Micropipette aspiration of cultured bovine aortic endothelial cells exposed to shear stress.
The mechanical properties of cultured bovine aortic endothelial cells exposed to a fluid-imposed shear stress were studied using the micropipette technique. The cells, which were attached to a Thermanox plastic substrate, were exposed to a specific steady shear stress of either 10, 30, or 85 dynes/cm2 and for a duration ranging from 0.5 to 24 hours. Morphological changes in shape and orientation were observed, and following each experiment, the mechanical properties were measured using the micropipette aspiration technique applied to cells detached from the substrate. Fluorescent microscopy was carried out to observe cytoskeletal F-actin filaments stained with rhodamine phalloidin. During exposure to shear, the en face shape of the endothelial cells on the substrate became more elongated and their long axis became oriented to the direction of flow. There was also an alteration in the F-actin filaments. These changes were dependent on both the level of shear stress and the duration of exposure. After detachment, the cells exposed to shear maintained their deformed shape. This is in contrast to cells in a static, no-flow environment which became spherical in shape upon detachment. Cells exposed to shear stress demonstrated a mechanical stiffness significantly greater than that of control cells, which was dependent on both the level of shear stress and the duration of exposure. Furthermore, it appears that the influence of shear stress on endothelial cell mechanical stiffness may be related to alterations in cytoskeletal structure.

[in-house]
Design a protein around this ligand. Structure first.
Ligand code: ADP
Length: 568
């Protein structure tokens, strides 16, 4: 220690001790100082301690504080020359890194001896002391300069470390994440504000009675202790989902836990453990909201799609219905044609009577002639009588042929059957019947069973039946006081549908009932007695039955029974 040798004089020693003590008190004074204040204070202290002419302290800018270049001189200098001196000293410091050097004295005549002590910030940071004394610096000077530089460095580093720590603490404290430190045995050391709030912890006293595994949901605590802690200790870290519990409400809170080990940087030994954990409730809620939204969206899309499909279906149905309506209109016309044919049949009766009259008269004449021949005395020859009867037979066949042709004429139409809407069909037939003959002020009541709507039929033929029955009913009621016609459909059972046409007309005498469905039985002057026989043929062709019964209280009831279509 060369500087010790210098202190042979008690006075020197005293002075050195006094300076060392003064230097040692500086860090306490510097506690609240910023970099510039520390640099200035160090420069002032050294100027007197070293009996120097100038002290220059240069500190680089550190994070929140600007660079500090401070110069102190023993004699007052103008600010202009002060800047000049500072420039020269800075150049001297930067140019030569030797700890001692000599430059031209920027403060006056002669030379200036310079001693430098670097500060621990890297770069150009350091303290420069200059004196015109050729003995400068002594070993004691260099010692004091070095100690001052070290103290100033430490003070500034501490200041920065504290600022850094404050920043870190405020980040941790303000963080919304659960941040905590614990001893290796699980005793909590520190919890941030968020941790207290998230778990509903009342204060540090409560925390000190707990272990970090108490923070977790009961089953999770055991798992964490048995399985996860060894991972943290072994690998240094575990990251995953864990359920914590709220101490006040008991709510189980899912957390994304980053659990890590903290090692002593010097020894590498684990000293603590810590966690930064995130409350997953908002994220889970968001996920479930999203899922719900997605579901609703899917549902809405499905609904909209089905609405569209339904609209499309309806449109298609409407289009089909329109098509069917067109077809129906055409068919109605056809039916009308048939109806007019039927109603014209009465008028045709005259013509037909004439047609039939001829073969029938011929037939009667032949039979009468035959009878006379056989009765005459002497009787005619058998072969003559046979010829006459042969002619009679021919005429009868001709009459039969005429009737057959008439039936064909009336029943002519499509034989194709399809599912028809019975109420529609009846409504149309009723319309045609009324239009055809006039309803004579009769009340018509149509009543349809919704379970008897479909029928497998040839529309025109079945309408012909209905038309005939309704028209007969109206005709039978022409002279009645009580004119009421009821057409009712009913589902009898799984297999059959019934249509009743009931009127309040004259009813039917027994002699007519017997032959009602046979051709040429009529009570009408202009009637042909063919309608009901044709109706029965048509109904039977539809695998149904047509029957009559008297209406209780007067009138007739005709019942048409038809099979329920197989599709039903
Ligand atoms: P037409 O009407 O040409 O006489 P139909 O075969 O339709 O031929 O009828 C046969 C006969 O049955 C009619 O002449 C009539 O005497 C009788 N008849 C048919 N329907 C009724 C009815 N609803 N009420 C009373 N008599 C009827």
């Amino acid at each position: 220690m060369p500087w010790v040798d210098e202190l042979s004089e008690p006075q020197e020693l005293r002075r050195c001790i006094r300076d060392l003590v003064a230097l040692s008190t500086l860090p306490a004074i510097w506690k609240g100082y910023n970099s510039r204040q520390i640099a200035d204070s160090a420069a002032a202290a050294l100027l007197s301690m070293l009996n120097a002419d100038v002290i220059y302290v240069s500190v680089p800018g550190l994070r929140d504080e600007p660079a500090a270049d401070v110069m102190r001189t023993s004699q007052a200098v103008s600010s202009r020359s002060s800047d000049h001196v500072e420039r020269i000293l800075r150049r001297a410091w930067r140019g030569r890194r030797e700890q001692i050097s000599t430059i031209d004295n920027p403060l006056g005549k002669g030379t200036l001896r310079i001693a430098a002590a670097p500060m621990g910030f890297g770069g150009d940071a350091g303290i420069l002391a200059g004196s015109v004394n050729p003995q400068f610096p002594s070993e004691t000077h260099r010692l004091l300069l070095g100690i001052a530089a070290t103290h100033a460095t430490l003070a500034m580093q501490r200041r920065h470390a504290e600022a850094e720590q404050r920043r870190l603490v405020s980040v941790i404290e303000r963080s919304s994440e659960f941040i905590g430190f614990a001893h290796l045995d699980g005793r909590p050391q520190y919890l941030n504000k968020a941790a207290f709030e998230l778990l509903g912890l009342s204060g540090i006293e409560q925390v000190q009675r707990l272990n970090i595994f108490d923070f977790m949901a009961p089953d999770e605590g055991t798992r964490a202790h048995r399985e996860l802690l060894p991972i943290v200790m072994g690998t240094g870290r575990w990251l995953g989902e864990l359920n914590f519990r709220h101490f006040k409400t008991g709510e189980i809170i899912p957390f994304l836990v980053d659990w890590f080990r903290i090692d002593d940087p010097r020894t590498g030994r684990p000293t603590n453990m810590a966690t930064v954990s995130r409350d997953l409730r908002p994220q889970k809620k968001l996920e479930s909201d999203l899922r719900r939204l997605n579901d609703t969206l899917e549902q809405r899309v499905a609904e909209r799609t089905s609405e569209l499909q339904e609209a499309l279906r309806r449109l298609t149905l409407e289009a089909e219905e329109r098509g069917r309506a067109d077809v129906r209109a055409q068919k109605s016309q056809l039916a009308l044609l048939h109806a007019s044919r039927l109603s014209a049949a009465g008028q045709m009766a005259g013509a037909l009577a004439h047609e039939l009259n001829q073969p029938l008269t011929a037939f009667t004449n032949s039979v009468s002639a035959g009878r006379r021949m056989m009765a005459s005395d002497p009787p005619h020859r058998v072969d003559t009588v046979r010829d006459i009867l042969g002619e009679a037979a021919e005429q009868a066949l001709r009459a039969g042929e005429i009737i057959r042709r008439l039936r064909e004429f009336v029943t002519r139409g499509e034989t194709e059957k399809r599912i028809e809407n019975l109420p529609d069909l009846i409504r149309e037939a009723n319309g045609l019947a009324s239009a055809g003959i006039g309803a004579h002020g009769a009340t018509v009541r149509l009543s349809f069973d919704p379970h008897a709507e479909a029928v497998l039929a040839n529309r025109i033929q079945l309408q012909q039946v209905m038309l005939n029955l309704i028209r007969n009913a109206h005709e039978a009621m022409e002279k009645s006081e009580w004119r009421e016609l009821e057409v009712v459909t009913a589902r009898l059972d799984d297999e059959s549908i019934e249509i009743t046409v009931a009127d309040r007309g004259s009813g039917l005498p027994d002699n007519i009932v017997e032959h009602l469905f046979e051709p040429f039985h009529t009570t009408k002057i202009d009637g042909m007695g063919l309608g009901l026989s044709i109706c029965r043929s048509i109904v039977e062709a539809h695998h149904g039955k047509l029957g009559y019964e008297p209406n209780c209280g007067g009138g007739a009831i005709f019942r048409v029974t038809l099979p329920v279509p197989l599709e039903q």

- Copyright © 1987 by American Heart Association